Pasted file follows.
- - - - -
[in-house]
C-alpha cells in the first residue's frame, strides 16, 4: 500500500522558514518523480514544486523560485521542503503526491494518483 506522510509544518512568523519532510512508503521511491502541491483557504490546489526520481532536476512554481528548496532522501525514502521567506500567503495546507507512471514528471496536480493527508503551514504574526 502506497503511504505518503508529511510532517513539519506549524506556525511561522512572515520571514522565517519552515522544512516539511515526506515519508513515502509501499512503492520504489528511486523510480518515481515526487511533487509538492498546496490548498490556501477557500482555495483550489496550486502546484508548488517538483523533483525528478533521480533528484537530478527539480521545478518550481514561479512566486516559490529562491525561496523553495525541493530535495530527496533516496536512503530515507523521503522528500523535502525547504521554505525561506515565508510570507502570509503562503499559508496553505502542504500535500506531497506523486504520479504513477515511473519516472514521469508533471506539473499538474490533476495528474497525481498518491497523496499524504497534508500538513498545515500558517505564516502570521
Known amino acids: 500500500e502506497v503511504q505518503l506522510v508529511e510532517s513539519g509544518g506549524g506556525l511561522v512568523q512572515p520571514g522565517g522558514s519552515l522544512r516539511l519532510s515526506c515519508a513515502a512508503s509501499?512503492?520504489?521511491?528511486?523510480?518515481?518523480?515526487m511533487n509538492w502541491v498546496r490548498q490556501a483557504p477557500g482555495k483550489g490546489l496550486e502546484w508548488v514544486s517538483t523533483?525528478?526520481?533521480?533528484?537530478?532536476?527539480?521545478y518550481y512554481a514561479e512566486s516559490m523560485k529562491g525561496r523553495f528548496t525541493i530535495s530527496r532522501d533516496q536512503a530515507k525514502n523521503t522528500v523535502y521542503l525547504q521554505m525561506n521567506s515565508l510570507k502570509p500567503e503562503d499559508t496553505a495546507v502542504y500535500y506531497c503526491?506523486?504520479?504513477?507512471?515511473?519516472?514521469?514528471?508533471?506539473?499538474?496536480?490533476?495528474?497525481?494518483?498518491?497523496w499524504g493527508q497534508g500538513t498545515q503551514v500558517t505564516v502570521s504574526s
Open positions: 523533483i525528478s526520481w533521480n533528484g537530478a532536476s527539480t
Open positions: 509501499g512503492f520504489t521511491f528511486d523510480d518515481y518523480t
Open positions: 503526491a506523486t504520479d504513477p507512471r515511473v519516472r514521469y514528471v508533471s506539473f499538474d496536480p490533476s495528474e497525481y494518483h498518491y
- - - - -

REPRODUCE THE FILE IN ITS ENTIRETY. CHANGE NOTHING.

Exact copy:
[in-house]
C-alpha cells in the first residue's frame, strides 16, 4: 500500500522558514518523480514544486523560485521542503503526491494518483 506522510509544518512568523519532510512508503521511491502541491483557504490546489526520481532536476512554481528548496532522501525514502521567506500567503495546507507512471514528471496536480493527508503551514504574526 502506497503511504505518503508529511510532517513539519506549524506556525511561522512572515520571514522565517519552515522544512516539511515526506515519508513515502509501499512503492520504489528511486523510480518515481515526487511533487509538492498546496490548498490556501477557500482555495483550489496550486502546484508548488517538483523533483525528478533521480533528484537530478527539480521545478518550481514561479512566486516559490529562491525561496523553495525541493530535495530527496533516496536512503530515507523521503522528500523535502525547504521554505525561506515565508510570507502570509503562503499559508496553505502542504500535500506531497506523486504520479504513477515511473519516472514521469508533471506539473499538474490533476495528474497525481498518491497523496499524504497534508500538513498545515500558517505564516502570521
Known amino acids: 500500500e502506497v503511504q505518503l506522510v508529511e510532517s513539519g509544518g506549524g506556525l511561522v512568523q512572515p520571514g522565517g522558514s519552515l522544512r516539511l519532510s515526506c515519508a513515502a512508503s509501499?512503492?520504489?521511491?528511486?523510480?518515481?518523480?515526487m511533487n509538492w502541491v498546496r490548498q490556501a483557504p477557500g482555495k483550489g490546489l496550486e502546484w508548488v514544486s517538483t523533483?525528478?526520481?533521480?533528484?537530478?532536476?527539480?521545478y518550481y512554481a514561479e512566486s516559490m523560485k529562491g525561496r523553495f528548496t525541493i530535495s530527496r532522501d533516496q536512503a530515507k525514502n523521503t522528500v523535502y521542503l525547504q521554505m525561506n521567506s515565508l510570507k502570509p500567503e503562503d499559508t496553505a495546507v502542504y500535500y506531497c503526491?506523486?504520479?504513477?507512471?515511473?519516472?514521469?514528471?508533471?506539473?499538474?496536480?490533476?495528474?497525481?494518483?498518491?497523496w499524504g493527508q497534508g500538513t498545515q503551514v500558517t505564516v502570521s504574526s
Open positions: 523533483i525528478s526520481w533521480n533528484g537530478a532536476s527539480t
Open positions: 509501499g512503492f520504489t521511491f528511486d523510480d518515481y518523480t
Open positions: 503526491a506523486t504520479d504513477p507512471r515511473v519516472r514521469y514528471v508533471s506539473f499538474d496536480p490533476s495528474e497525481y494518483h498518491y